[ eth-uh-sist ]


  1. a person who specializes in or writes on ethics ethics or who is devoted to ethical principles.

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Word History and Origins

Origin of ethicist1

First recorded in 1890–95; ethic + -ist

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Example Sentences

More portable and more reliable ways to eavesdrop on the brain from the outside are moving forward fast, a swiftness that has prompted some ethicists, scientists and futurists to call for special protections of neural data.

Some ethicists argue that such programs may further entrench existing inequalities, and this is already happening with Israel’s pass, since few Palestinians in the occupied territories of Gaza and the West Bank have access to vaccines.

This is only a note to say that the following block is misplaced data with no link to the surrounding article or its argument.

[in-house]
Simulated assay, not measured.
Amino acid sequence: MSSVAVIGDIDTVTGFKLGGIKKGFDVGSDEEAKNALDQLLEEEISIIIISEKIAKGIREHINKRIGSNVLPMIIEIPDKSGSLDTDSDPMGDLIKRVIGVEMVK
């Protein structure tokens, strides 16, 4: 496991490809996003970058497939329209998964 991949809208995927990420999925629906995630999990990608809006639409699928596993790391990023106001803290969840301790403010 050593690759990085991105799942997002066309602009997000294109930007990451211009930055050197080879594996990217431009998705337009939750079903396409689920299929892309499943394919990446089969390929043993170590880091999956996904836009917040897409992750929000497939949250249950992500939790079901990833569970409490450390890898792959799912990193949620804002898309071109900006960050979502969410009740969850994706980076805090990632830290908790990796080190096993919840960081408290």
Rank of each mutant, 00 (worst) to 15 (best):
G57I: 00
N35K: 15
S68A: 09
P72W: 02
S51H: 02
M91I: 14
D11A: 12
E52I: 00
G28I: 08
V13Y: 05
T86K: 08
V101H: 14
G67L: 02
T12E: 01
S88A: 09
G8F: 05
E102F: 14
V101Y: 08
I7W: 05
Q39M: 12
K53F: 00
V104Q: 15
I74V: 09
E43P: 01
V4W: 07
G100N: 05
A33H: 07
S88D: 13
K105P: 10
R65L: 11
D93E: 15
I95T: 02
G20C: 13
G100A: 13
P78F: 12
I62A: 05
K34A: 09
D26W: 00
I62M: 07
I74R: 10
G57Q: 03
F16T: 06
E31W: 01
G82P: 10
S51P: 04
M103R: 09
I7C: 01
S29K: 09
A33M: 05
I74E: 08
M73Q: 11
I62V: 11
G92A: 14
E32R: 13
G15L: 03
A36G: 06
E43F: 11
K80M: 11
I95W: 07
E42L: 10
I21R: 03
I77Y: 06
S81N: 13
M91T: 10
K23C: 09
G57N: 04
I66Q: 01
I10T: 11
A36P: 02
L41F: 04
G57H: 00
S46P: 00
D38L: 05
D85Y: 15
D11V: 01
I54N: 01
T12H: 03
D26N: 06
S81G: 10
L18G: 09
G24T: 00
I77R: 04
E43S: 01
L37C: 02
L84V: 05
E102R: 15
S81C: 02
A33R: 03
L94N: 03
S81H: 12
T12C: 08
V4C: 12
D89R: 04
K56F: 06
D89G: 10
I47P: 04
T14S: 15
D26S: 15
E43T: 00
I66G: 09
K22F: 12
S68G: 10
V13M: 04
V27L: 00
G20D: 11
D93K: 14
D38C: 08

As neurotechnology marches ahead, scientists, ethicists, companies and governments are looking for answers on how, or even whether, to regulate brain technology.

The DSMB includes leading experts in the fields of infectious disease and vaccinology, as well as biostatisticians and ethicists, and is reviewing the first batches of study data for the first hints of efficacy.

From Time

For the most strategic features, having an “empathy committee,” composed not just of engineering and business people, but also of sociologists, ethicists, and philosophers, would help.

From Fortune

If his Ethicist gig ever winds up feeling too constricting, he can always launch a column called The Sophist.

The "ethicist's fallacy" is the source of all absolutism in theory, and all intolerance in practice.

And it applies also to what one may, with a great deal of benefit, dub the "ethicist's fallacy."

With the purest intention he is much less of an ethicist than Kant.





ethical willethicize